To deploy successful living services, insurers need to abandon the traditional “pipeline” economic model and adopt a new “platform” approach to business.

Insurers looking to provide living services to increasingly digital-savvy consumers need to revise their traditional business models. They must shift from many of their conventional methods of attracting and servicing customers and become platform businesses that create value by collaborating with a host of partners and consumers.

This shift, as I mentioned in my previous blog post, is a big challenge for many insurers. It requires carriers to jettison practices that have served them well in the past and adopt new, often very different, approaches to business. At the heart of this transition is a move away from a traditional “pipeline” economic model, which focuses on producing, distributing and selling products, to a “platform” model that emphasizes collaboration among producers and consumers within a digital ecosystem.

The illustration below shows that most of the value generated in a platform economy comes not from profit mark-ups on products but from an on-going flow of digital services between producers and customers. Among the most important of these digital services are “living” services. They provide companies with a constant link to their customers that can quickly adapt to new demands and preferences as well as deliver additional services and experiences.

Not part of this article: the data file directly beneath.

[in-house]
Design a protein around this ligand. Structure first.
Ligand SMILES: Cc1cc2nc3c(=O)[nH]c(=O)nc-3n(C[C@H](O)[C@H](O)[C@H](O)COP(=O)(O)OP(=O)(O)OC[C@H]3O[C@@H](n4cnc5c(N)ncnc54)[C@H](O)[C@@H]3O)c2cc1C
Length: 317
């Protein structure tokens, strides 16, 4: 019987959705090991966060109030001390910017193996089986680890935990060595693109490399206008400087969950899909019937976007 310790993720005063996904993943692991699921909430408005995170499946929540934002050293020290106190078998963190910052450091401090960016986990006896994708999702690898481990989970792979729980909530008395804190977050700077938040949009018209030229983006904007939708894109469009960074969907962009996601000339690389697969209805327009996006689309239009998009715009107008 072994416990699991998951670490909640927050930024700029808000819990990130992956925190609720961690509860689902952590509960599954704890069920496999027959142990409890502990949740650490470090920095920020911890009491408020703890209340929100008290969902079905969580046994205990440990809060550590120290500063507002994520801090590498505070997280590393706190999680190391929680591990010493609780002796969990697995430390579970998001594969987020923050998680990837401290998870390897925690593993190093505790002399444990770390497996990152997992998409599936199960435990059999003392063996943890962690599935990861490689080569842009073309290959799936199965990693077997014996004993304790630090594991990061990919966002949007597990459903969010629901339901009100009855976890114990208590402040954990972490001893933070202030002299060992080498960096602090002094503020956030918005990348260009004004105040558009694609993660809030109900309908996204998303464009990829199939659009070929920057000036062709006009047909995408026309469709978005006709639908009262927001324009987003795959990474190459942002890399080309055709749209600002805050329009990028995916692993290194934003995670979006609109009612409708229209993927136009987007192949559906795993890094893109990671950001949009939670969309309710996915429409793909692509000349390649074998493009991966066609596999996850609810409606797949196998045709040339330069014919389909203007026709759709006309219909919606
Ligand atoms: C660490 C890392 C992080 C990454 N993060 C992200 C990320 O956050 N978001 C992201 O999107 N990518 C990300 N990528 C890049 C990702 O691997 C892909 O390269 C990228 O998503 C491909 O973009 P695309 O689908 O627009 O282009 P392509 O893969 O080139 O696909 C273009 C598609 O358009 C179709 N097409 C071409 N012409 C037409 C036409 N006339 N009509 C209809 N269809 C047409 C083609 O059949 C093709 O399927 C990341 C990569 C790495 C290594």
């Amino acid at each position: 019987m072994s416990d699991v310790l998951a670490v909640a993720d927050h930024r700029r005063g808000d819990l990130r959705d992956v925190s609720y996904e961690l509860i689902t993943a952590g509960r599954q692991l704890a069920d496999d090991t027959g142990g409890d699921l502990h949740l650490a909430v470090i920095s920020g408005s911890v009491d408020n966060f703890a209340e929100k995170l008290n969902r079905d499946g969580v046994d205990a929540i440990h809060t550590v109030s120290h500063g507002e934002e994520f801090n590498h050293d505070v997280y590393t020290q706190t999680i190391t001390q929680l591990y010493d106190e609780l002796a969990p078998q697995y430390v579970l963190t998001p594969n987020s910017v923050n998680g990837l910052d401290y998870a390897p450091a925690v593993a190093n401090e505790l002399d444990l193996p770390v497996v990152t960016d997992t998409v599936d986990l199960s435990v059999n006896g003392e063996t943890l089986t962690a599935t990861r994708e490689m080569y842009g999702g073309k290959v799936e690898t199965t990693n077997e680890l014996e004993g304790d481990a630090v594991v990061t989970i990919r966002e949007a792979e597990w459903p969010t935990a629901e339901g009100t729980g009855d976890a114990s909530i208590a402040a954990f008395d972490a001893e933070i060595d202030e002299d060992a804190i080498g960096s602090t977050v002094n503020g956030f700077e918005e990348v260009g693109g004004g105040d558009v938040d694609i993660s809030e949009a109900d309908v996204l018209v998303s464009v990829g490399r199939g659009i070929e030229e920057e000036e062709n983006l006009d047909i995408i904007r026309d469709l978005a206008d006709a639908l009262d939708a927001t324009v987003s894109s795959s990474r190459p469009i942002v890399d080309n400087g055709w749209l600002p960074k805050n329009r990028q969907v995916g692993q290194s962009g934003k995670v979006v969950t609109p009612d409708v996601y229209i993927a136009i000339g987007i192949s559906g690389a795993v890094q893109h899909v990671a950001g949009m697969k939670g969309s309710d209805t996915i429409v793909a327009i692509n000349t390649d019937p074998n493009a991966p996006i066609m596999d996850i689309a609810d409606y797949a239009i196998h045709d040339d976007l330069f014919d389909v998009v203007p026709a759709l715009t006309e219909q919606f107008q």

The illustration below shows that most of the value generated in a platform economy comes not from profit mark-ups on products but from an on-going flow of digital services between producers and customers.

Selling insurance alongside other products, such as travel packages, motor vehicles and expensive electronics equipment, is not new. But platform businesses, built on open digital platforms that interface with expansive ecosystems, can provide consumers with far more compelling and sophisticated offerings.

To chart their migration from the traditional pipeline economy to the fast-emerging platform environment, insurers should consider these important steps:

  • Evaluate key customer-lifecycle selling points, such as buying a home or starting a new job, and assess how these might change in the next five years. Determine what further information is required to better secure and serve customers. Gauge changing risk profiles.
  • Identify how current insurance offerings could be clustered with other products to form a suite of living digital services that would better satisfy customer needs. Home and life cover, for example, could be coupled with wedding planning services.
  • Devise a platform business strategy and secure ties with key digital partners. The strategy should define the roles, capabilities and goals of each partner and identify significant market barriers faced by competitors.
  • Develop business models that support the platform strategy. They should be aligned with the organization’s vision, investment focus and operating practices.
  • Create business cases for each of the business models and chart a roadmap for their implementation. Mitigate risk by testing various scenarios and collaborating with several business partners.

The bedrock of any platform business is the digital platform that supports its operations. In my next blog post I’ll discuss whether insurers should rely on another organization’s platform or build their own. Until then, take some time to look at these links.

Living Services: The next wave in the digitization of everything.

Technology Vision for Insurance 2017: Technology for people.

The Voice of the Consumer: Identifying disruptive opportunities in insurance distribution.

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